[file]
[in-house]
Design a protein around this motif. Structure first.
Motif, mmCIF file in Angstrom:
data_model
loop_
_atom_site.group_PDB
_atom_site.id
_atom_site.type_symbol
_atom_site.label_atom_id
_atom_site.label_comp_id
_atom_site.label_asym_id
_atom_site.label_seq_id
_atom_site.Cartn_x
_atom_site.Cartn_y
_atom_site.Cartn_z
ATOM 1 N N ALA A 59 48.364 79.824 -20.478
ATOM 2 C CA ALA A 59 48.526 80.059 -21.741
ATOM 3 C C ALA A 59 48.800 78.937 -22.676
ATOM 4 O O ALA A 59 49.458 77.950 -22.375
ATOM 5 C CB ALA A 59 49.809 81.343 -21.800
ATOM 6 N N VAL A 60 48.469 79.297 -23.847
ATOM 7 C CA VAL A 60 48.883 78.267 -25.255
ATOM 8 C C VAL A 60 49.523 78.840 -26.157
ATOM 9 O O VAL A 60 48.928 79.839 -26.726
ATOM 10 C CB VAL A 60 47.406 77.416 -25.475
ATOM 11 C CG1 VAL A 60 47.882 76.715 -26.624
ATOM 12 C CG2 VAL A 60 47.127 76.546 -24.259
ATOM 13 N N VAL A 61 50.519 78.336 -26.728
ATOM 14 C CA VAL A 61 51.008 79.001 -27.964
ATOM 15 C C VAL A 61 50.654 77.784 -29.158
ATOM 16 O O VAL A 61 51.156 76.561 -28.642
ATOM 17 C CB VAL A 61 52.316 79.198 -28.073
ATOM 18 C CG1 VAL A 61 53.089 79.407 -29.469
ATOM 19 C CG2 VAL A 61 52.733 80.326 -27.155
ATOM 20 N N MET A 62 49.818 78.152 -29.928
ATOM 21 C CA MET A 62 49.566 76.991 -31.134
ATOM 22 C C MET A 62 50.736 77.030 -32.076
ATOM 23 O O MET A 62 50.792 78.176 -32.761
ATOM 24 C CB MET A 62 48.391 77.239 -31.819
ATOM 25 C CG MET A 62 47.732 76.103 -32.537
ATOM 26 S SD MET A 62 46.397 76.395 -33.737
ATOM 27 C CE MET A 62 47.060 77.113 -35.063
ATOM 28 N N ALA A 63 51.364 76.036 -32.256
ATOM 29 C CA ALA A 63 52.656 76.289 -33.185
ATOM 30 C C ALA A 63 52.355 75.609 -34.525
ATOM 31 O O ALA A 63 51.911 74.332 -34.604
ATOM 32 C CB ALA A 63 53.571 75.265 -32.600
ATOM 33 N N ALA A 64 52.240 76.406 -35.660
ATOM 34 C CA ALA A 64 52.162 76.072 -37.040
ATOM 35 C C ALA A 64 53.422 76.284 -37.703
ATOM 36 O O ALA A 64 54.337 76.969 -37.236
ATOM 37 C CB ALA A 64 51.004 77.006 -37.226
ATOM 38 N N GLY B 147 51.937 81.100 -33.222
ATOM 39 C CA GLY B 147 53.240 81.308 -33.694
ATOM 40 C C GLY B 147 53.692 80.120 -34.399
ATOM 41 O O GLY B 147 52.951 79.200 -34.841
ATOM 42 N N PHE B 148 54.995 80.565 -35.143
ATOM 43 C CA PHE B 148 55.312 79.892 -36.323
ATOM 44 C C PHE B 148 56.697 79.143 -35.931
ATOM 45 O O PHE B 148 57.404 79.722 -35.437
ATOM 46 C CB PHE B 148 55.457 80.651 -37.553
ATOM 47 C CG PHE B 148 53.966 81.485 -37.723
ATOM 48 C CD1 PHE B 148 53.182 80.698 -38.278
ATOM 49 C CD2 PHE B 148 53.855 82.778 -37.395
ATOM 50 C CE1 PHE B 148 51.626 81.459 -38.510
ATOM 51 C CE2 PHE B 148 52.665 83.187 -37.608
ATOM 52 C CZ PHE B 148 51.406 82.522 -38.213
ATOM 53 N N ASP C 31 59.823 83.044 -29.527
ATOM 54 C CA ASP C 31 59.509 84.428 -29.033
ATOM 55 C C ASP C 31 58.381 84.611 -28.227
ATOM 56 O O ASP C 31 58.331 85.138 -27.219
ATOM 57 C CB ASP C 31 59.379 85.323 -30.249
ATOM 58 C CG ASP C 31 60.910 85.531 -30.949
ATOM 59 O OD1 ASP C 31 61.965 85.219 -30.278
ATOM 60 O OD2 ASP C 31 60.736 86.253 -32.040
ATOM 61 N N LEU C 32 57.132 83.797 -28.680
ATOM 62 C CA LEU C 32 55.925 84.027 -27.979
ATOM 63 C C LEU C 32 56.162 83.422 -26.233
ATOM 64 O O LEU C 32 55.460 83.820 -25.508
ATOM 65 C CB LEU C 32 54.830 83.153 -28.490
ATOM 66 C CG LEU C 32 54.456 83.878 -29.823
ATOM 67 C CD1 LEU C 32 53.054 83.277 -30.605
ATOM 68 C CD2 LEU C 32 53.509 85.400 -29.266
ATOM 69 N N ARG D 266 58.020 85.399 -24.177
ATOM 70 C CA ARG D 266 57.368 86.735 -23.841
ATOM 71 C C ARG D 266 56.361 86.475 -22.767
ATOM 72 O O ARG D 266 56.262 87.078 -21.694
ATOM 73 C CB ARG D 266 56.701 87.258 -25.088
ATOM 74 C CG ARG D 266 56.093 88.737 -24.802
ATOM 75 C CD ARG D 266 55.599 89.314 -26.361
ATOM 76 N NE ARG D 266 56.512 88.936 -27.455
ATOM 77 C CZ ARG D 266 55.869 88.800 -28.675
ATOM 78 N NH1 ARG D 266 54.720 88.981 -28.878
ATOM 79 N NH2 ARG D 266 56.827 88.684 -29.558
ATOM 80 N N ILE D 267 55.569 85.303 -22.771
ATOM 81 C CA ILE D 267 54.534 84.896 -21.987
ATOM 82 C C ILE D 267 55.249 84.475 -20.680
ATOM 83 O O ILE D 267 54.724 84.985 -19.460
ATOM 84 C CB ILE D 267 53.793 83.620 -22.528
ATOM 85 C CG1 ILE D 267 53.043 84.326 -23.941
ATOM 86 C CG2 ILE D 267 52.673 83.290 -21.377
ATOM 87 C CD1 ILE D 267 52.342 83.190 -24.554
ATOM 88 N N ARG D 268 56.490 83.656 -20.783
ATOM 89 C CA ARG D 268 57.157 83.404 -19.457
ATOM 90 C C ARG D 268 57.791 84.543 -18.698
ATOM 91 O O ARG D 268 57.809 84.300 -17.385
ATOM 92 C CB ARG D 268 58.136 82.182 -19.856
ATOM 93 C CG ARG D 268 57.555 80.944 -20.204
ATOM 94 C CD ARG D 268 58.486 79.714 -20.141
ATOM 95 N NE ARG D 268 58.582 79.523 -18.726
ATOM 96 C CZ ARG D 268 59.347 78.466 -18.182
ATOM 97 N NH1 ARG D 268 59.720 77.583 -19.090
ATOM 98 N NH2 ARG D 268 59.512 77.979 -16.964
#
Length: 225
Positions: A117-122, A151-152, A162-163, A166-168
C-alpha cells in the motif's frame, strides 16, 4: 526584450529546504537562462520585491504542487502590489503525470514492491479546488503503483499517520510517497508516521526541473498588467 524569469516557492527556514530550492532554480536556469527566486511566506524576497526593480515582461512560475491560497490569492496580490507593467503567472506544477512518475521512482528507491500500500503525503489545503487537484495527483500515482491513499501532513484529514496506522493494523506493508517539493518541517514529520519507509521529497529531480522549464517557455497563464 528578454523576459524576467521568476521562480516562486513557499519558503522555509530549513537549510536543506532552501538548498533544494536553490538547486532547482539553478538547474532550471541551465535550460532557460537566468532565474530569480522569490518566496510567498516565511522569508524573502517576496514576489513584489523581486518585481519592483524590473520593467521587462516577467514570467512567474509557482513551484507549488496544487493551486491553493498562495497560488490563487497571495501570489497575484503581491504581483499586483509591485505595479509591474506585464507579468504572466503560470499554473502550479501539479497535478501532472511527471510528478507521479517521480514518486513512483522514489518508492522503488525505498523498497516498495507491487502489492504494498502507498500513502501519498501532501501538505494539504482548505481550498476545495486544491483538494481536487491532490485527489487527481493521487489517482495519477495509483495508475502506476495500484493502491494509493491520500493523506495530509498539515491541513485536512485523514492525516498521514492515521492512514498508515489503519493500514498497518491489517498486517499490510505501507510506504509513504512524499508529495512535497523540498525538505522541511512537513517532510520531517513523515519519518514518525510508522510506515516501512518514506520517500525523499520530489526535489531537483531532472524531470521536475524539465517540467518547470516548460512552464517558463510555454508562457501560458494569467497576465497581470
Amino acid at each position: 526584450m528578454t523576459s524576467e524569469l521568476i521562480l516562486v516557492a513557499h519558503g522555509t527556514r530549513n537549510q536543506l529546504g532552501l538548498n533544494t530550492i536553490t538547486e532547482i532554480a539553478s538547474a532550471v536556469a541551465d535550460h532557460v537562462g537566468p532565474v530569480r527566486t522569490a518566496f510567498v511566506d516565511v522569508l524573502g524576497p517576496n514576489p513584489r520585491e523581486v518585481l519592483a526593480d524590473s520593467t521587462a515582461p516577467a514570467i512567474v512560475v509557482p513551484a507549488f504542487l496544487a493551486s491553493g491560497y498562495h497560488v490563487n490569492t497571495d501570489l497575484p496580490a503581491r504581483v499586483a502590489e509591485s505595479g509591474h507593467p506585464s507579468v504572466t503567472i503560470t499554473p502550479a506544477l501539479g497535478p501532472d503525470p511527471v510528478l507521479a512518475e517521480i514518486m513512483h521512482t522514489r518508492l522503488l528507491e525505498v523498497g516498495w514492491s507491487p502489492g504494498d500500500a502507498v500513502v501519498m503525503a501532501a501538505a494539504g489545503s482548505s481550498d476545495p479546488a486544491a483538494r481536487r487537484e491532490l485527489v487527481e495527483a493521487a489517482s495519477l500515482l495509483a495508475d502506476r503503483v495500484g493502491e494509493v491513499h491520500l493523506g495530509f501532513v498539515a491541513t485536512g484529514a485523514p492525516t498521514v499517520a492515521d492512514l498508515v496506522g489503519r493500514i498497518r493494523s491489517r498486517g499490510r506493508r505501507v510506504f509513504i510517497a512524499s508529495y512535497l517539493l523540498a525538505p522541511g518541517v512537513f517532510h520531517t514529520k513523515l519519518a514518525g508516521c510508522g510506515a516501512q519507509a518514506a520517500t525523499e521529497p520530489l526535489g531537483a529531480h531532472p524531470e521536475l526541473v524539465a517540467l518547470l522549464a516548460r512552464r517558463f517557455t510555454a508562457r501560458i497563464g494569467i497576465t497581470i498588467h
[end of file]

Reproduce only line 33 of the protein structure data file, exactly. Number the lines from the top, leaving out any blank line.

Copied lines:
ATOM 18 C CG1 VAL A 61 53.089 79.407 -29.469